In the fall of 2017, as Venezuela was imploding, state intelligence agents came looking for Belys Torrealba Tovar, who had helped recruit young people to protest against the government of Nicolas Maduro. She went into hiding for two weeks, then fled to neighboring Colombia.
A year and a half later, she gave birth to a boy at a hospital in south Bogota.
At 5 pounds, 8 ounces, he was tiny but healthy, with a round face and a crop of black hair. She named him Angel.
Now just over a month old, he is stateless, a citizen of nowhere.
Unlike the United States and most countries in Latin America, Colombia does not automatically grant citizenship to anybody born there. And though he does qualify for Venezuelan citizenship, claiming it would require his mother to return to the country or pay a visit to one of its embassies or consulates. There are no longer any in Colombia.
“I just want him to have a nationality so that he doesn’t end up essentially not existing in the world,” the 24-year-old Torrealba said.
Thousands of children are in the same situation amid one of the largest forced displacements in modern history, as an estimated 5,000 people flee Venezuela each day. Nearly 4 million have already left, more than a quarter of them to Colombia, which offers them temporary visas.
Colombia’s civil registry agency counts nearly 3,400 children born to Venezuelan parents since October 2017, when the government started tracking them. Advocates say the total could be as high as 25,000.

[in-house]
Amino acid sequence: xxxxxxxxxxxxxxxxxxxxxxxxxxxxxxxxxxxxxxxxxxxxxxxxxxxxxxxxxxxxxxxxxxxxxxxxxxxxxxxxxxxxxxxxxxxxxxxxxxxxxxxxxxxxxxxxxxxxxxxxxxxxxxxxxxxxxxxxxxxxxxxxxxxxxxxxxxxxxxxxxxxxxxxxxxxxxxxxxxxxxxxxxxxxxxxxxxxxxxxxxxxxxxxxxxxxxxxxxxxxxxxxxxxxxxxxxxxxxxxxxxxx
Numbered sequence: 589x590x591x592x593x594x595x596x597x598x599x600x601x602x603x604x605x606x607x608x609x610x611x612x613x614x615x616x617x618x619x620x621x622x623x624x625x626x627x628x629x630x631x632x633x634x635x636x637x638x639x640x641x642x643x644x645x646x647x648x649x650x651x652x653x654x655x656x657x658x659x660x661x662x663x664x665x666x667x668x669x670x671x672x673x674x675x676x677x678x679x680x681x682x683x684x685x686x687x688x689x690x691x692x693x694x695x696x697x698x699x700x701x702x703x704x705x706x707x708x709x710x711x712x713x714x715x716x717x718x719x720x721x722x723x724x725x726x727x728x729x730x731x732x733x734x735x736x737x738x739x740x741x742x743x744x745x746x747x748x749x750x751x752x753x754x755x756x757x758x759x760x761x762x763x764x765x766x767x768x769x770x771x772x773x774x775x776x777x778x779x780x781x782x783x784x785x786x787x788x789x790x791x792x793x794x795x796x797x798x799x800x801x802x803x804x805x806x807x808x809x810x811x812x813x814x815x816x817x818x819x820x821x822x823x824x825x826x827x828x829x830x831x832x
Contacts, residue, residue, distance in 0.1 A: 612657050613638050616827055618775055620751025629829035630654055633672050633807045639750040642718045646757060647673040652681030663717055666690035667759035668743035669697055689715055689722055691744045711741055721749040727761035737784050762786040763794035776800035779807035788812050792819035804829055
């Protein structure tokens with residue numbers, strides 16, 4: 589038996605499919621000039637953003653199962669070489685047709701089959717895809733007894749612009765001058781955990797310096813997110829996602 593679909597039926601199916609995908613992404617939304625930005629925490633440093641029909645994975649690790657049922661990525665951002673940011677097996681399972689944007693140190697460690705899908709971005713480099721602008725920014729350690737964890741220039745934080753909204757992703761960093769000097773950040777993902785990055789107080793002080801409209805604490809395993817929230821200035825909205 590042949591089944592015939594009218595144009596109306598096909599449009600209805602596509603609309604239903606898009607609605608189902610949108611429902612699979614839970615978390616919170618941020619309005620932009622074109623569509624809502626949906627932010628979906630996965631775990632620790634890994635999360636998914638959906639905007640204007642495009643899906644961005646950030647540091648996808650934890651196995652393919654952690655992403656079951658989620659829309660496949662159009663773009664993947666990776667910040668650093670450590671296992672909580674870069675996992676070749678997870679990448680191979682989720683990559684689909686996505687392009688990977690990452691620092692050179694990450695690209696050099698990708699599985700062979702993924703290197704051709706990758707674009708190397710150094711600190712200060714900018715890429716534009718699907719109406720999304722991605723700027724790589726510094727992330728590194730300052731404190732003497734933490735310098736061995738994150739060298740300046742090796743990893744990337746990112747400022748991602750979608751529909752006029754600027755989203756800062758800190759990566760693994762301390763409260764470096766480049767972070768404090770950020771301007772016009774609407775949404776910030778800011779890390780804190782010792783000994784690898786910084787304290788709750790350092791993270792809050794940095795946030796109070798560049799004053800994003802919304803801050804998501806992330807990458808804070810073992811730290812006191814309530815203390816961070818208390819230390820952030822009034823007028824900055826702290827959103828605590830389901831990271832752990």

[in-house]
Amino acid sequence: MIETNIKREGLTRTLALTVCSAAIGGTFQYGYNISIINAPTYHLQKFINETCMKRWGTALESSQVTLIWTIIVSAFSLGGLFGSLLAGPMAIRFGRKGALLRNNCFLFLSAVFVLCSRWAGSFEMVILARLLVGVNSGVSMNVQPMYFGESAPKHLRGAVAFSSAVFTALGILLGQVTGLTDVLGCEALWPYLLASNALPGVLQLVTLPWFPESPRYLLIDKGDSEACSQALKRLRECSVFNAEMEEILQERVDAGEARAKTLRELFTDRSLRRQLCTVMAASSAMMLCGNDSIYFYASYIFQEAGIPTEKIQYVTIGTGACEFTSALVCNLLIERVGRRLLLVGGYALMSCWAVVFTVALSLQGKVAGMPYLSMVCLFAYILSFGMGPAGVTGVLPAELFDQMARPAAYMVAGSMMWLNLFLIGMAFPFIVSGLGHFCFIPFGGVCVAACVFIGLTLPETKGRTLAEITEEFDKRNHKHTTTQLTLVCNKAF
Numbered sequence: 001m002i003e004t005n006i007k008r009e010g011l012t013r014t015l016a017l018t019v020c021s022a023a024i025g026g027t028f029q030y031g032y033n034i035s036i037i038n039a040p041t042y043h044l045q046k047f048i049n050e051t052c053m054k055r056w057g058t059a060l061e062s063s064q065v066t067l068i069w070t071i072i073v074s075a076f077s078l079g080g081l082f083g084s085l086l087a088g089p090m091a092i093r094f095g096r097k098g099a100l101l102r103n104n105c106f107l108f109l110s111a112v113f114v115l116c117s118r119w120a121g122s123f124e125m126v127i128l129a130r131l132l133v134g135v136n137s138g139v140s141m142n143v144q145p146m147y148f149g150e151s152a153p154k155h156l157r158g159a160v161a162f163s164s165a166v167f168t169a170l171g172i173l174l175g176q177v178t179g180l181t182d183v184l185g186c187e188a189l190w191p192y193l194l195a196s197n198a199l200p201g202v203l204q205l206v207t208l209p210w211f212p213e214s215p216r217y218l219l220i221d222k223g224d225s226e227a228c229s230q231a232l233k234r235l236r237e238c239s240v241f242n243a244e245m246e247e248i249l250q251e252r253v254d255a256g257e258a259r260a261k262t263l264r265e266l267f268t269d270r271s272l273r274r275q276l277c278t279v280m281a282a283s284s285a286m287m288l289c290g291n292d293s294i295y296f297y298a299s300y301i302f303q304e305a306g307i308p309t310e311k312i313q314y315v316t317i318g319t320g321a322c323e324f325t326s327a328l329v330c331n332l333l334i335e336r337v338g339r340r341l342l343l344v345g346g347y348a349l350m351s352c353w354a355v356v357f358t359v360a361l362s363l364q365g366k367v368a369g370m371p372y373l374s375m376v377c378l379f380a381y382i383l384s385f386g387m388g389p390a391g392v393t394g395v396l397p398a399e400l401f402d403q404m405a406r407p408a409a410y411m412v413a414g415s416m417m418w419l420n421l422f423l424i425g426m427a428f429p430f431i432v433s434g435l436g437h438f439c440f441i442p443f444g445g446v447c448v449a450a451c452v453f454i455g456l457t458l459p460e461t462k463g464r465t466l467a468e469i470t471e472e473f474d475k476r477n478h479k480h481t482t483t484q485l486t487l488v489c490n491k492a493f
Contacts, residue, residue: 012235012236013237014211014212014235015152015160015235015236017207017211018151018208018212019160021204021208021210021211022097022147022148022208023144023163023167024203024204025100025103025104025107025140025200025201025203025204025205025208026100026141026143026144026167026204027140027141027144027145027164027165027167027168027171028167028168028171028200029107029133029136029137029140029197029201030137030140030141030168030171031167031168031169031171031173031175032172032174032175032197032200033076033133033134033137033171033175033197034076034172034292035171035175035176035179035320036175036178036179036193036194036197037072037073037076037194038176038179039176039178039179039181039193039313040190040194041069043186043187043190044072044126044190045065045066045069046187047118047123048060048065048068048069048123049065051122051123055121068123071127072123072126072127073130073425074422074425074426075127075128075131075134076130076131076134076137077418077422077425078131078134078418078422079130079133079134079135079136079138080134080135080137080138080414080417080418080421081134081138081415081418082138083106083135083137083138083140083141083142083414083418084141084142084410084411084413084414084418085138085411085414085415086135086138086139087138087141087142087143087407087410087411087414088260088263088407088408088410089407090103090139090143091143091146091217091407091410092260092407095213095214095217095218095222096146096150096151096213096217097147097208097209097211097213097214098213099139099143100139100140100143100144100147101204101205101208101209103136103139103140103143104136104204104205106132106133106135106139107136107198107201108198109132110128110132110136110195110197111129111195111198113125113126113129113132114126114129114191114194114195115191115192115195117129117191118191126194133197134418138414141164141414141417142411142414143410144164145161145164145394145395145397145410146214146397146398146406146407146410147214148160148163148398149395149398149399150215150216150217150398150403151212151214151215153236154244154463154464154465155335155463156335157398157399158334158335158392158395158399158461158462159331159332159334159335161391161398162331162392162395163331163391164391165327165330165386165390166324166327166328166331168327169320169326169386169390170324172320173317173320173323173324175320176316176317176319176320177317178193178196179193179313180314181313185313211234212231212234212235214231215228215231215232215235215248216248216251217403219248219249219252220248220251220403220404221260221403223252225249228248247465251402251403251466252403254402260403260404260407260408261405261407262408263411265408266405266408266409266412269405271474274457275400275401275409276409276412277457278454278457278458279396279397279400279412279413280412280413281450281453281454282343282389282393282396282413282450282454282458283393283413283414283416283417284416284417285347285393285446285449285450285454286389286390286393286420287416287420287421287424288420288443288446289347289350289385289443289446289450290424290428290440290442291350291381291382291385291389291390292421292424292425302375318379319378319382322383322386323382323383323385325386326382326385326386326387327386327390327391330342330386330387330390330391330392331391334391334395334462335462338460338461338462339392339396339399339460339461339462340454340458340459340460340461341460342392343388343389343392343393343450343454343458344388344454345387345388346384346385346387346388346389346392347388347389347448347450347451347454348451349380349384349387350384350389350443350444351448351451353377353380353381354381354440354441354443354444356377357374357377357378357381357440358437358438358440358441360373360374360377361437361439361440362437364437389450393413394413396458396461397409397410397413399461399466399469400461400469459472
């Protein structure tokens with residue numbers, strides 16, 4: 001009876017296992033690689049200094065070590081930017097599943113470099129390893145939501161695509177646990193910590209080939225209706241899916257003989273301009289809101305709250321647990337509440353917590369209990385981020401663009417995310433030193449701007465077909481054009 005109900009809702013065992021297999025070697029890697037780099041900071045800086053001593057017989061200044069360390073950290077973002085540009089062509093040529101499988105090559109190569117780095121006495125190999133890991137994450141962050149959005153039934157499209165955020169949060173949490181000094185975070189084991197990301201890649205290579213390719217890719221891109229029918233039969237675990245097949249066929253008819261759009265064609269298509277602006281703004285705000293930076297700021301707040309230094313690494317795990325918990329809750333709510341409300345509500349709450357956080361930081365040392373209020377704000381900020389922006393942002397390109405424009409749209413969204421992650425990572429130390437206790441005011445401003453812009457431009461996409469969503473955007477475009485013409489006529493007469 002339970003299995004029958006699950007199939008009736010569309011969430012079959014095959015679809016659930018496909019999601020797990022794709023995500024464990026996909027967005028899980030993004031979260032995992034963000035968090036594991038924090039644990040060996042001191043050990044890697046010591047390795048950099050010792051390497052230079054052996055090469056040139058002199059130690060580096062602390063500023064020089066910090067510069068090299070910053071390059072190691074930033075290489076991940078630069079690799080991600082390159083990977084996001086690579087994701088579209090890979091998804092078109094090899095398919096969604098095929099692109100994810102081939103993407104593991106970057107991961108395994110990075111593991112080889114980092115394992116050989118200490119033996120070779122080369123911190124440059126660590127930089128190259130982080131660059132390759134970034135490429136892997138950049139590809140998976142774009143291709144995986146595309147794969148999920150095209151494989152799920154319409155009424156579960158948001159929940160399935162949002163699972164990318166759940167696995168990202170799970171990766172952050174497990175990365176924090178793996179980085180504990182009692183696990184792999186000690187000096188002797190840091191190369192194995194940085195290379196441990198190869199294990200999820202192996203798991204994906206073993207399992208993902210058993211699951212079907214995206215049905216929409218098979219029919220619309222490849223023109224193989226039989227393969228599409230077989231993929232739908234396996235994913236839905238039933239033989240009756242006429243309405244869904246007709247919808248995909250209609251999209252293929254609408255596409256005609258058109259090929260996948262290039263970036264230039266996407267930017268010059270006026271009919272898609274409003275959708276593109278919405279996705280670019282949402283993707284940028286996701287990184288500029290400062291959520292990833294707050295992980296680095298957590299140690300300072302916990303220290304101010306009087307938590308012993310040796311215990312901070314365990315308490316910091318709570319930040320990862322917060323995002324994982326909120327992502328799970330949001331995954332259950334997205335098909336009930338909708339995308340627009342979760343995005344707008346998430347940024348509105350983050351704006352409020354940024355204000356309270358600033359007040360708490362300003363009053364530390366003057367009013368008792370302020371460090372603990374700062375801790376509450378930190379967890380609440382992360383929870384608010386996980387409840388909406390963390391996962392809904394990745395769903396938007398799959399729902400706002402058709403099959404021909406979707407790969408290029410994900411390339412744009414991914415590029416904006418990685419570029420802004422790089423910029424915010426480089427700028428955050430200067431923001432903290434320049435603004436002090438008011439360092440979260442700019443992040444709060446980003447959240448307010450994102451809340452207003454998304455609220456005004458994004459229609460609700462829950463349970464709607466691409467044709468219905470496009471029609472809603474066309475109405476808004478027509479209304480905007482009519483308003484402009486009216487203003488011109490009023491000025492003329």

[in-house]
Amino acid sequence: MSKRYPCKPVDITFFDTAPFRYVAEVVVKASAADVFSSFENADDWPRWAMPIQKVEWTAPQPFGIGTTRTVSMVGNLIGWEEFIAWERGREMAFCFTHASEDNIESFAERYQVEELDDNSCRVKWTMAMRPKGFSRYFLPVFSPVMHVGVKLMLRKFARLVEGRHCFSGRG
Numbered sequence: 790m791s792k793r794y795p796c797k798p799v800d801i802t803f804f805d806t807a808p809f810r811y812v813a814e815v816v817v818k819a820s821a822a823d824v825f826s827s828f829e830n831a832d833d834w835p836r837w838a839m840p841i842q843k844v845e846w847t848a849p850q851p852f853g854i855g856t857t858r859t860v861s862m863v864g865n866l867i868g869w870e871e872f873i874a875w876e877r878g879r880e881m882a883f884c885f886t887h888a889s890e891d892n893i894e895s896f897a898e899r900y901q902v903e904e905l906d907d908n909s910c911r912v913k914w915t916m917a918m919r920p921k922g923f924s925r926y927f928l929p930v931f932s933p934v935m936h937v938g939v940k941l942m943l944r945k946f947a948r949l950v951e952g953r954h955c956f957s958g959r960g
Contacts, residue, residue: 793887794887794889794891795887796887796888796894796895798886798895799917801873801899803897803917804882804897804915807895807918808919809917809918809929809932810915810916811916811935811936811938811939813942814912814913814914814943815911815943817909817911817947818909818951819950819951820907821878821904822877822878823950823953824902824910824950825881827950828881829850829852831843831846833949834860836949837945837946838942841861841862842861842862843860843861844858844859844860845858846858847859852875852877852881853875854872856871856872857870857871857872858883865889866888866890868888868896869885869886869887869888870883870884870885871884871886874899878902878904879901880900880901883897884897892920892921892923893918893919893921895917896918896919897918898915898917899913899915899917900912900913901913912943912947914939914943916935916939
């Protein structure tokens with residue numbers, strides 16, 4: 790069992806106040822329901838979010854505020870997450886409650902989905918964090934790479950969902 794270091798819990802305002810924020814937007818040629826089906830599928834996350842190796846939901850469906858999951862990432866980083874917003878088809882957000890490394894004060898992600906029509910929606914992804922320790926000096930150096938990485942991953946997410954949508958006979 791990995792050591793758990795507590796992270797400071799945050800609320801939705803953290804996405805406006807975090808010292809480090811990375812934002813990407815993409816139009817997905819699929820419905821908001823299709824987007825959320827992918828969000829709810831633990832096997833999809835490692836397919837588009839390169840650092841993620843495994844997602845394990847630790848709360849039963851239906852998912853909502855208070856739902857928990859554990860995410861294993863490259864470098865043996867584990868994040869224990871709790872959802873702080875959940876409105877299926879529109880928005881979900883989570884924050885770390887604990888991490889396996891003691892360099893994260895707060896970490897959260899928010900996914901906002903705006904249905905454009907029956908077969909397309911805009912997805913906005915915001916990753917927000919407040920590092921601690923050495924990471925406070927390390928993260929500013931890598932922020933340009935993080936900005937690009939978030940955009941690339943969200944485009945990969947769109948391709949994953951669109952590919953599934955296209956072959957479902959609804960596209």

Children born without Colombian citizenship are allowed to enroll in school and the public healthcare system. Though many benefits of citizenship — voting, owning property or getting married — wouldn’t be considerations for years, statelessness only adds to the angst of uprooted families.
“They are children who don’t have a state to protect them,” said Venezuelan lawyer Xiomara Rauseo. “Practically orphans.”
It’s no surprise why so many people are leaving Venezuela.
Once Latin America’s richest country, citizens watched its economy collapse spectacularly as oil prices fell, hyperinflation rendered the currency worthless and shortages of food and medicine led to rampant hunger and disease.
One study showed that by 2017 nearly 90% of Venezuelans were living in poverty and that the average citizen had lost 24 pounds — figures that are surely higher now.
In Colombia, Torrealba struggled to rebuild her life. After a month of sharing a crowded apartment with several other migrants from Venezuela, she found a job as a hotel maid and moved into her own room in an apartment across town.
She started dating a man from Venezuela and in September found out she was pregnant. He appeared ecstatic at first but soon he got a job almost 300 miles from Bogota and stopped responding to her messages.
Torrealba would endure the rest of the pregnancy alone.
She understood that children born in Colombia qualified for citizenship there only if at least one parent was Colombian or has legal permanent residency. New mothers before her had posted warnings on Facebook about it.
As a result, she thought about returning to Venezuela to give birth.
But in February, the Venezuelan government cut diplomatic ties with Colombia and closed border crossings amid a U.S.-backed effort to bring in humanitarian aid, which Maduro saw as a pretext for a U.S. invasion. When the country was hit with a series of massive blackouts, Torrealba decided to stay put in Colombia.
She was glad she did, because she developed high blood pressure and a condition called preeclampsia, which can lead to fatal complications, and had to be hospitalized. She had heard that mothers and babies were dying in maternity wards back home in Venezuela and worried about how she and Angel would have fared there.